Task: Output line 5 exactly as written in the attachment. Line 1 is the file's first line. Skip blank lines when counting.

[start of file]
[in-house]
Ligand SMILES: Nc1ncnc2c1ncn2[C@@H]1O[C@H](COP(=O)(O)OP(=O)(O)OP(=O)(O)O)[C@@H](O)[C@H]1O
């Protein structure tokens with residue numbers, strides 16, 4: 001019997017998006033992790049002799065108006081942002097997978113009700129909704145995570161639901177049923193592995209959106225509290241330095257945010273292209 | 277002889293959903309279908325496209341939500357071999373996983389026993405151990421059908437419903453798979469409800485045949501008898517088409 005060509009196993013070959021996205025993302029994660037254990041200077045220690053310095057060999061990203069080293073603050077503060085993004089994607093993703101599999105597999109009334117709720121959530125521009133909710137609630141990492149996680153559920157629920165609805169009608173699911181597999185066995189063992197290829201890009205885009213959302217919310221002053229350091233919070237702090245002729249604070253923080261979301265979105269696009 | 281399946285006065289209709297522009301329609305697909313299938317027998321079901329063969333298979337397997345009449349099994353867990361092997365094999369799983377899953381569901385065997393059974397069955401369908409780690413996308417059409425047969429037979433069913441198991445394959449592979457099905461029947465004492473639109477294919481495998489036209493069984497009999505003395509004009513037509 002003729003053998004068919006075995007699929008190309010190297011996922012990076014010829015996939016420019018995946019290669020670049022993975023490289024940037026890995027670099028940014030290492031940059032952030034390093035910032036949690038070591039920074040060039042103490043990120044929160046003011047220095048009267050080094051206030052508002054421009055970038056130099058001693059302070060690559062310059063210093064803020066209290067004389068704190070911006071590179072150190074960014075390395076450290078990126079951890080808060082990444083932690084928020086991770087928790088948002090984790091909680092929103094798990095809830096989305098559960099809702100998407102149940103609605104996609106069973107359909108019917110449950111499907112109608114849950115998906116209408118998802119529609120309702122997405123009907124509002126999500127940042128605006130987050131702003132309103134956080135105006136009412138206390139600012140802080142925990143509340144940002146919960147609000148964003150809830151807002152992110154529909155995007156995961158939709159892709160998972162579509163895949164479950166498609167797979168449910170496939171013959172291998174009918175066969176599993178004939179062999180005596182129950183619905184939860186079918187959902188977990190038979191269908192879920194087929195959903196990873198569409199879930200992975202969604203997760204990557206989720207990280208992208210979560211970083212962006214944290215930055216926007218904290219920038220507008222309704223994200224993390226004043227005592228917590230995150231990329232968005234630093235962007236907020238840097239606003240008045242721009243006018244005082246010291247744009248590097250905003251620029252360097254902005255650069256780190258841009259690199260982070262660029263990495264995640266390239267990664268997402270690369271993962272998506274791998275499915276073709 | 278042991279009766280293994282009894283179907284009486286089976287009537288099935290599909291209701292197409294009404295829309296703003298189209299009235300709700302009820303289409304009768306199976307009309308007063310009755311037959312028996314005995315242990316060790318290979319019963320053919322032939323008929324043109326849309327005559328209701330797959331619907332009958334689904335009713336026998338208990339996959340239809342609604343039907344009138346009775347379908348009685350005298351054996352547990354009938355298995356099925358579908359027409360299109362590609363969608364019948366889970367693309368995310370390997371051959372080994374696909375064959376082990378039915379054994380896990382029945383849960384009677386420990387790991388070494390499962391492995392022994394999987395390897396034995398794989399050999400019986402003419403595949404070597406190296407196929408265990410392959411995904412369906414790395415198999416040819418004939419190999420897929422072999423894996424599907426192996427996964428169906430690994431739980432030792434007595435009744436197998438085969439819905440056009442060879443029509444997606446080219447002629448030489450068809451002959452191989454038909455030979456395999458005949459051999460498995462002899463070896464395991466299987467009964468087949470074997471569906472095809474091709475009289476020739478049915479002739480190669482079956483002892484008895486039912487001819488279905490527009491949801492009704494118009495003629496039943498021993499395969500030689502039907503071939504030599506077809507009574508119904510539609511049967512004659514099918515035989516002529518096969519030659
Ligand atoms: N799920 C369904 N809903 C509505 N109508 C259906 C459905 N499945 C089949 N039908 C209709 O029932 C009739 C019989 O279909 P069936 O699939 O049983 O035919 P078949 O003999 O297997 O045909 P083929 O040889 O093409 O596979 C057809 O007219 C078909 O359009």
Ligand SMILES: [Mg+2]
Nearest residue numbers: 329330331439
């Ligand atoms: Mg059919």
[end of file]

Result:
Ligand SMILES: [Mg+2]